The Entrepreneurship Foundation is a non-profit organization in Fairfield that provides moral support to student companies, matches students with mentors and and provides a forum for student entrepreneurs to network, and share leads, customers, and experiences. They offer various contests and programs which you can check out here.
I asked president Mike Roer a few questions about the state of technological entrepreneurship:
As president of the Entrepreneurship Foundation, and heading the Business Plan competition last month, you have obviously seen many innovative ideas. Specific to technology, what sort of trends are you seeing in business pitches? Is there one field right now that people seem to be flocking to?
College students are great harbingers of new trends. They are eager to embrace new technologies and cultures that will define their generation; and young people are not invested in yesterday’s platform or styles. But don’t blink. Hot topics change with the season.
Last year mobile apps represented half the entries we received in the Connecticut Collegiate Business Plan Competition. This year it was down to 20%. There are still opportunities for entrepreneurs to make money — and a splash — with a mobile app, but not if it’s just another “tell me where to find the nearest donut shop.” At this late stage in the evolution of the industry, the concept needs to be unique and offer a high value proposition for the consumer.
While future technology trends may be as hard to predict as stock prices (for the same reasons), there are some longer-term general trends:
- Over the years, our colleges and universities have been quietly increasing the number and effectiveness of their entrepreneurship course offerings. As a result, there has been a steady growth in the number and quality of plans germinating on campuses. The state is also expanding the number of business incubators and coaching resources for entrepreneurs, and increasing the amount of available capital. This new “Innovation Eco-System” will finally allow our sons and daughters the resources they need to launch their dreams right here in Connecticut.
- Another growing trend is the percentage of women entrepreneurs. Now, fully half of the finalists in the business plan competitions are women.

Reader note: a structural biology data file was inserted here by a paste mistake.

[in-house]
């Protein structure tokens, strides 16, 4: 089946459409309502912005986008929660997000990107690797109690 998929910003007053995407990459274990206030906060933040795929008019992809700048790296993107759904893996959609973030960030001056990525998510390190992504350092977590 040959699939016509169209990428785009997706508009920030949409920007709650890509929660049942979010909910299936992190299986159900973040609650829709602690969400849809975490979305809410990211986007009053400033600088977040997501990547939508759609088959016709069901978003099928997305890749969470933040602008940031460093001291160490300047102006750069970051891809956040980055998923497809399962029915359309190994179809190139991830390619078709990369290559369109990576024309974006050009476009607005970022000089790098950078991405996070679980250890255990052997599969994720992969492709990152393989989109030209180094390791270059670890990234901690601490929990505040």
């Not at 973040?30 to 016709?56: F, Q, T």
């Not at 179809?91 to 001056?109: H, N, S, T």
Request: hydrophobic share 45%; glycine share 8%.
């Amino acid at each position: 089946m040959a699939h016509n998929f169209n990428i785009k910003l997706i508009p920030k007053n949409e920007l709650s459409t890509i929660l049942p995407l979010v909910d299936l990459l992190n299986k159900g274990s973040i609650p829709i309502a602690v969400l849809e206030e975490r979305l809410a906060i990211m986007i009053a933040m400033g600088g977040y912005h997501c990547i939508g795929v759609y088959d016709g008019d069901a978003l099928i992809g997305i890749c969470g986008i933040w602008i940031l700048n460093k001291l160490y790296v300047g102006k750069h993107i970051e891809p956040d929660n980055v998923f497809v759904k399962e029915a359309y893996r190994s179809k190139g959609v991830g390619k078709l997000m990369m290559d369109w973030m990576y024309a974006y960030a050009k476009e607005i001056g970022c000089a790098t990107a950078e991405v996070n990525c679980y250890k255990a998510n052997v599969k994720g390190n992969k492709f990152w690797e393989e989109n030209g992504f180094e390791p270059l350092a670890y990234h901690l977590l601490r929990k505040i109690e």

- The newest growth trend is the interest by students in social enterprise. Perhaps this is a backlash against the excesses of the current generation, but young people want to do more than launch a successful business; they want to solve what ails the world and its people.
You wrote about business incubators a few years back and how Connecticut was again making a push to provide them. In 2012, how do you feel about Connecticut business incubators? And are you seeing many local tech businesses coming out of the state because of them?
Unfortunately, the growth in Connecticut incubators has not been as robust as I would have liked to seen. Connecticut Innovations and the University of Connecticut have been gradually expanding their incubation capacity and a private group of investors have recently opened the Stamford Innovation Center; but these are isolated initiatives, unrelated to a comprehensive and coordinated economic development strategy.
Connecticut needs incubators in every city, and our larger towns like Bridgeport, New Haven, Norwalk, Hartford and Stamford could support multiple facilities — assuming they are focused on specific industries. By concentrating on one industry an incubator and its host city can bring together a critical mass of practitioners, especially if the initial tenants are incented with free rent and capital. These seed companies then attract suppliers and customers who want to be close to their supply line.
I’ve asked about those who are looking to get into starting their own entrepreneurial company, but what about those looking to invest? What sort of technological sectors do you expect to be strong investments in the coming years?
Technology and fashion change at an ever-accelerating rate. Last year it was mobile apps. Two years ago it was energy. Ten years ago nanotech. Currently mobile, SAAS (software as a service), cloud, crowdfunding are hot—especially because of the potentially high margins and scalability.
But if I told you the next big thing, it wouldn’t be the next big thing. By definition, it hasn’t been invented yet. So how do you know what to bet on as an entrepreneur or investor? Identify a new problem has not been adequately addressed. Solve that.
If you see a new wave coming, and you have the risk-taker gene, start paddling. If you wait until the wave builds and you’re sure it’s a monster, it’s passed you by.
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